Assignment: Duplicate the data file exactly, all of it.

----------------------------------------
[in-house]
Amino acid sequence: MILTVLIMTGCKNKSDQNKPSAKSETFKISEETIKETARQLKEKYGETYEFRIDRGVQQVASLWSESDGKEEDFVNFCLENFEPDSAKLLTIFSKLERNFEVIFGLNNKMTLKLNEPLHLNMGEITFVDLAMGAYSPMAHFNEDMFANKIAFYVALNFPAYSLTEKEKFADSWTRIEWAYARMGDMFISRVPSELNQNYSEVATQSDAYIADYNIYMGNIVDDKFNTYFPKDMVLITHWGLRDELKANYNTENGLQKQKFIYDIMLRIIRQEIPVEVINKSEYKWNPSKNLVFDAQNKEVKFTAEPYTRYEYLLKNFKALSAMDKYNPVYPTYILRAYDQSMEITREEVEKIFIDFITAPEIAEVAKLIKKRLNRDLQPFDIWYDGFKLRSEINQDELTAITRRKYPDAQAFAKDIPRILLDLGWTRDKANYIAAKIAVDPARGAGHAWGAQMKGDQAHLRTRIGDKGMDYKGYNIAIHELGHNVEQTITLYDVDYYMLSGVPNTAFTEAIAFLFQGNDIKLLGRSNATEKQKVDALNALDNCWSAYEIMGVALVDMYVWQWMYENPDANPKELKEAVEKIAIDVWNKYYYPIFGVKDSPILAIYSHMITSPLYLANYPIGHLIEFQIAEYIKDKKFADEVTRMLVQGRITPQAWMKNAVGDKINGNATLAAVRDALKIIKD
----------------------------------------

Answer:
[in-house]
Amino acid sequence: MILTVLIMTGCKNKSDQNKPSAKSETFKISEETIKETARQLKEKYGETYEFRIDRGVQQVASLWSESDGKEEDFVNFCLENFEPDSAKLLTIFSKLERNFEVIFGLNNKMTLKLNEPLHLNMGEITFVDLAMGAYSPMAHFNEDMFANKIAFYVALNFPAYSLTEKEKFADSWTRIEWAYARMGDMFISRVPSELNQNYSEVATQSDAYIADYNIYMGNIVDDKFNTYFPKDMVLITHWGLRDELKANYNTENGLQKQKFIYDIMLRIIRQEIPVEVINKSEYKWNPSKNLVFDAQNKEVKFTAEPYTRYEYLLKNFKALSAMDKYNPVYPTYILRAYDQSMEITREEVEKIFIDFITAPEIAEVAKLIKKRLNRDLQPFDIWYDGFKLRSEINQDELTAITRRKYPDAQAFAKDIPRILLDLGWTRDKANYIAAKIAVDPARGAGHAWGAQMKGDQAHLRTRIGDKGMDYKGYNIAIHELGHNVEQTITLYDVDYYMLSGVPNTAFTEAIAFLFQGNDIKLLGRSNATEKQKVDALNALDNCWSAYEIMGVALVDMYVWQWMYENPDANPKELKEAVEKIAIDVWNKYYYPIFGVKDSPILAIYSHMITSPLYLANYPIGHLIEFQIAEYIKDKKFADEVTRMLVQGRITPQAWMKNAVGDKINGNATLAAVRDALKIIKD